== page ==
His suggestion was to give up the hate. Just try it. For like a month or something. "Love irresponsibly," he said.
How much do I love that phrase? Very. I keep trying to think of ways to apply it. It's a tough one for Christians, because - well - besides the fact that it sounds like a slogan for teen pregnancy - it also flies right in the face of our fear that we could actually love someone right into hell. Do you know this about us, Person we judge? We're afraid that if we don't condemn you now, we condemn you forever. And as for our own self-righteousness - and, Lordy, do we have some - it's not only that we think we can earn our way to heaven (although, I'm afraid that's in there), it's also that we have believed our own purity is the best way to reflect Him. First Corinthians 13, aside. ("If I speak God's word with power, revealing all his mysteries and making everything plain as day, and if I have faith that says to a mountain, "Jump," and it jumps, but I don't love, I'm nothing.")
I like the phrase love irresponsibly because it made me question that fear I used to have. It made me wonder, if I believe I could love someone into hell, did I really understand what Love is?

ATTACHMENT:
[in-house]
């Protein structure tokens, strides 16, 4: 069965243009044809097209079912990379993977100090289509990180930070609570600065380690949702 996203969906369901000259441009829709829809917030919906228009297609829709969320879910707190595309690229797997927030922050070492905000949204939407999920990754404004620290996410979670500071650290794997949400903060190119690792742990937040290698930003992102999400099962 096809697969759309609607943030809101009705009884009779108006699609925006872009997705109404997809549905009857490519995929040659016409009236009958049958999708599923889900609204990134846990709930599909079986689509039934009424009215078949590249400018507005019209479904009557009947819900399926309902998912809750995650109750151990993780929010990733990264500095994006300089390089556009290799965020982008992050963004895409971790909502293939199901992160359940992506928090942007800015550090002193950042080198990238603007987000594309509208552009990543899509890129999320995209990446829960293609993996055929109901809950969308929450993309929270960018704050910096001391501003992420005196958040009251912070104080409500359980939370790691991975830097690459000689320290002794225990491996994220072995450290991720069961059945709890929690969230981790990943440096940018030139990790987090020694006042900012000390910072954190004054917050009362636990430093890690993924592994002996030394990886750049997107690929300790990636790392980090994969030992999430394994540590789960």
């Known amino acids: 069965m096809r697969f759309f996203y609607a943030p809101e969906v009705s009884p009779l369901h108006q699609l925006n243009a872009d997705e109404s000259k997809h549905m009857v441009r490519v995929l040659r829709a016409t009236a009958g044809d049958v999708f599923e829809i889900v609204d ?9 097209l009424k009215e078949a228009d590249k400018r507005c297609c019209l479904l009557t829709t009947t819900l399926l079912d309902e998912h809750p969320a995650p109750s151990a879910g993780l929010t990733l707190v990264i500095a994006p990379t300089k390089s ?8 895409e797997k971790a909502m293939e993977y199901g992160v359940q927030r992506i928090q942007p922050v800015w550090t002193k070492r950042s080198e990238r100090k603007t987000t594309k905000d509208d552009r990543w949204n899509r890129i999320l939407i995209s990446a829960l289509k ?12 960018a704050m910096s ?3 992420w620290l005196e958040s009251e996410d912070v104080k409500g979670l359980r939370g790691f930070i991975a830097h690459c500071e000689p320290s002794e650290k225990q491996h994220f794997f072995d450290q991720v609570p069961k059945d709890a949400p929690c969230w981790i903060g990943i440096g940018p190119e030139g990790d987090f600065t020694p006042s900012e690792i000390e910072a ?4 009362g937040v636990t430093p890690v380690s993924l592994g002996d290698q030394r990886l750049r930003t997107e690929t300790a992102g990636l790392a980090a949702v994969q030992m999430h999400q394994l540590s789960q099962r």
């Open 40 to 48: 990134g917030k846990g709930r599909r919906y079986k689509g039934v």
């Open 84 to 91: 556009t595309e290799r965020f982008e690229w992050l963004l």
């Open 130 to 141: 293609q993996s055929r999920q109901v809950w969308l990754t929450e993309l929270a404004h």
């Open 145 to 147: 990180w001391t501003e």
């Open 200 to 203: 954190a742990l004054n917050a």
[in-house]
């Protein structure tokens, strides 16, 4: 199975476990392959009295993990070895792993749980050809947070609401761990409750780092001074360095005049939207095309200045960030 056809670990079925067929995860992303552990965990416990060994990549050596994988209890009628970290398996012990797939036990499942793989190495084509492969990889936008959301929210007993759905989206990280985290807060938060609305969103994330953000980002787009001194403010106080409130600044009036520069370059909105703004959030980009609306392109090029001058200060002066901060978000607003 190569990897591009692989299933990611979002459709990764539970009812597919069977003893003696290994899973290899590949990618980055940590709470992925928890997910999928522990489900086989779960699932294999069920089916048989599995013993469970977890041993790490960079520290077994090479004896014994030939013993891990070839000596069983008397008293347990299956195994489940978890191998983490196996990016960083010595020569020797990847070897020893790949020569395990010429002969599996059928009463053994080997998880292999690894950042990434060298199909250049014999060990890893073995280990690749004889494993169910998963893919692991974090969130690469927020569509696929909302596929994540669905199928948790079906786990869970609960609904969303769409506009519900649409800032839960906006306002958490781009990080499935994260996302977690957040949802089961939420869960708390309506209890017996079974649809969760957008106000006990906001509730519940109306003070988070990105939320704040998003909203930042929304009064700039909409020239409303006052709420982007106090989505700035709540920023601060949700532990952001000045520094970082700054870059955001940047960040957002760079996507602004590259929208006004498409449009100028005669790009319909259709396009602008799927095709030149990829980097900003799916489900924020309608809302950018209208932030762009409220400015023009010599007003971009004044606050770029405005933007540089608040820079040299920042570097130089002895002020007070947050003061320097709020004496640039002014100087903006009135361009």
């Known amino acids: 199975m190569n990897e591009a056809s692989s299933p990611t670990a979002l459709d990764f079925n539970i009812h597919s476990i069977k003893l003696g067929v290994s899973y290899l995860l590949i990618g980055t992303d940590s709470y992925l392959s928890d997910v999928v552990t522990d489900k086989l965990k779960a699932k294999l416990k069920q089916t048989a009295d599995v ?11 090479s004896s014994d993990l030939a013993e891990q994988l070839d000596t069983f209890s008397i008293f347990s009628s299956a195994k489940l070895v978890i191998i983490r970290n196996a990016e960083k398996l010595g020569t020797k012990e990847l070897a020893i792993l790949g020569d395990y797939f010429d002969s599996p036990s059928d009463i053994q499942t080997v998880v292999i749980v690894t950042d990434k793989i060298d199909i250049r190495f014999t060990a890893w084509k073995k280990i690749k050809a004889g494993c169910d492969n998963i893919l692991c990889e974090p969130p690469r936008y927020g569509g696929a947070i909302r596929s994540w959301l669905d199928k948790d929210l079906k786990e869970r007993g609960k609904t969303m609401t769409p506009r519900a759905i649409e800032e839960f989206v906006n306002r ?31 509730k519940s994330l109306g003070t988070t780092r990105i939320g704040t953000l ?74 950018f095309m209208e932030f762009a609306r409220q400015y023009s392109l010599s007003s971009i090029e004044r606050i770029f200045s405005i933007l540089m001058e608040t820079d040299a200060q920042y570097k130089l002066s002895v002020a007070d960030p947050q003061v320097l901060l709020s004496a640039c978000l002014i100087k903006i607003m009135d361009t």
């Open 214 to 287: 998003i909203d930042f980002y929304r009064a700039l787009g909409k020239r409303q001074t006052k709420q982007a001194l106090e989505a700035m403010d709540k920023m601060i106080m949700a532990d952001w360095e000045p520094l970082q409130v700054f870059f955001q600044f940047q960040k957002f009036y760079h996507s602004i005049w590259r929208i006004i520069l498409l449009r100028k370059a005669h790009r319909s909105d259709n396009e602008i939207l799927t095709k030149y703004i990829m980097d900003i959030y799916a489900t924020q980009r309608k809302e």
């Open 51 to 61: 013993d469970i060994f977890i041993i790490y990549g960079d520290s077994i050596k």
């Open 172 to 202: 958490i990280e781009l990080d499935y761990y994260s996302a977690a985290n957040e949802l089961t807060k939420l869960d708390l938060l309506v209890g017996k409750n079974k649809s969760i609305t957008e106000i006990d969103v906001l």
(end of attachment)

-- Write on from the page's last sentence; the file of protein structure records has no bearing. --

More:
I don't have this problem, for instance, with my children. They can lie right to my face, the little devils, and moments later I want to wrap them in my arms and hold them 'til they smell like my shampoo. I adore them. I actually have total responsibility for their health, their understanding of right and wrong, and their happiness. Actual responsibility. It's in the contract you sign right next to their birth certificate. I solemnly swear to feed them broccoli, hold their hand to cross the street, and apologize profusely if they point out obesity in the grocery store. And yet I love them first and foremost without any thought for that other stuff. It's why I give them cookies at bedtime and let them play football in the yard just five more minutes before they start their homework and strap 'em into mud boots and swimming trunks so they can treat the puddles like they were meant to be treated.
You know, Mom and Dad always used to teach people that disciplining your children is a greater love than spoiling them because it requires a greater denial of self (not to mention the fact that it shows a much greater love for the whole of society upon whom you'll eventually inflict your children). That is certainly true. But it's not the willing-to-discipline love that will motivate me when they make decisions I would not have made for them. It's the cookies-at-bedtime love.
I don't know, I just think this is the kind of love that would be worth considering with other humans on the planet as well. I don't know for sure what it looks like. But I'm pretty sure I've decided it's the way to be.
And now I've put it out there. I've taken another guy's words, packed it with my own emotions and agendas and put it out there for the world. So go ahead, lay it on me. What do you think about it?